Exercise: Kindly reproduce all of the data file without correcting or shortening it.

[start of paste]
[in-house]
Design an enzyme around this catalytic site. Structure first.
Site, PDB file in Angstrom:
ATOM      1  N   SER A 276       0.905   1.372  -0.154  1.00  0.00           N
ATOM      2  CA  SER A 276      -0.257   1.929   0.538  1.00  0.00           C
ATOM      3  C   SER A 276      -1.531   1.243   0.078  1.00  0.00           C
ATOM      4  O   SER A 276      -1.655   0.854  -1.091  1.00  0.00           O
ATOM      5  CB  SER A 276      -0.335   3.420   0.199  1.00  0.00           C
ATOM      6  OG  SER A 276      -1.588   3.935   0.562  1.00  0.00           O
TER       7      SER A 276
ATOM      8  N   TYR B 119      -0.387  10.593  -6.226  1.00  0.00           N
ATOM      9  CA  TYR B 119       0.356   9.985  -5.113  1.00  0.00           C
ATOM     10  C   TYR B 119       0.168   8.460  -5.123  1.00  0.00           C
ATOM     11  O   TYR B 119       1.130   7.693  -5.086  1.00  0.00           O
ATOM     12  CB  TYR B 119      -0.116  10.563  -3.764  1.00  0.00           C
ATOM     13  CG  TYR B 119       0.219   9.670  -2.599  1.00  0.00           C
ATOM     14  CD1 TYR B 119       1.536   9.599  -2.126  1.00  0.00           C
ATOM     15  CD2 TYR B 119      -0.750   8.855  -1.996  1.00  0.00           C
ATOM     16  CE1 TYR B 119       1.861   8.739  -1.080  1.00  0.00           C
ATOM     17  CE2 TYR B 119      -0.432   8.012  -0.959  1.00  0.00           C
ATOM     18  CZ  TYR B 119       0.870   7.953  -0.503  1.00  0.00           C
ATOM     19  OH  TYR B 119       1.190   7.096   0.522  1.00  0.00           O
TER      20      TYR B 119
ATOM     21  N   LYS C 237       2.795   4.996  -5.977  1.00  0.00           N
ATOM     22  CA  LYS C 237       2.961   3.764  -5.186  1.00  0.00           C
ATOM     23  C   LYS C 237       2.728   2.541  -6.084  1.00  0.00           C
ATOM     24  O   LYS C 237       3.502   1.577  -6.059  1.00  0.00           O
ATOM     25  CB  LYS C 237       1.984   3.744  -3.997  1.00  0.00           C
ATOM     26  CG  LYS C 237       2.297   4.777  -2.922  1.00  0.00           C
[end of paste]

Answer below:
[in-house]
Design an enzyme around this catalytic site. Structure first.
Site, PDB file in Angstrom:
ATOM      1  N   SER A 276       0.905   1.372  -0.154  1.00  0.00           N
ATOM      2  CA  SER A 276      -0.257   1.929   0.538  1.00  0.00           C
ATOM      3  C   SER A 276      -1.531   1.243   0.078  1.00  0.00           C
ATOM      4  O   SER A 276      -1.655   0.854  -1.091  1.00  0.00           O
ATOM      5  CB  SER A 276      -0.335   3.420   0.199  1.00  0.00           C
ATOM      6  OG  SER A 276      -1.588   3.935   0.562  1.00  0.00           O
TER       7      SER A 276
ATOM      8  N   TYR B 119      -0.387  10.593  -6.226  1.00  0.00           N
ATOM      9  CA  TYR B 119       0.356   9.985  -5.113  1.00  0.00           C
ATOM     10  C   TYR B 119       0.168   8.460  -5.123  1.00  0.00           C
ATOM     11  O   TYR B 119       1.130   7.693  -5.086  1.00  0.00           O
ATOM     12  CB  TYR B 119      -0.116  10.563  -3.764  1.00  0.00           C
ATOM     13  CG  TYR B 119       0.219   9.670  -2.599  1.00  0.00           C
ATOM     14  CD1 TYR B 119       1.536   9.599  -2.126  1.00  0.00           C
ATOM     15  CD2 TYR B 119      -0.750   8.855  -1.996  1.00  0.00           C
ATOM     16  CE1 TYR B 119       1.861   8.739  -1.080  1.00  0.00           C
ATOM     17  CE2 TYR B 119      -0.432   8.012  -0.959  1.00  0.00           C
ATOM     18  CZ  TYR B 119       0.870   7.953  -0.503  1.00  0.00           C
ATOM     19  OH  TYR B 119       1.190   7.096   0.522  1.00  0.00           O
TER      20      TYR B 119
ATOM     21  N   LYS C 237       2.795   4.996  -5.977  1.00  0.00           N
ATOM     22  CA  LYS C 237       2.961   3.764  -5.186  1.00  0.00           C
ATOM     23  C   LYS C 237       2.728   2.541  -6.084  1.00  0.00           C
ATOM     24  O   LYS C 237       3.502   1.577  -6.059  1.00  0.00           O
ATOM     25  CB  LYS C 237       1.984   3.744  -3.997  1.00  0.00           C
ATOM     26  CG  LYS C 237       2.297   4.777  -2.922  1.00  0.00           C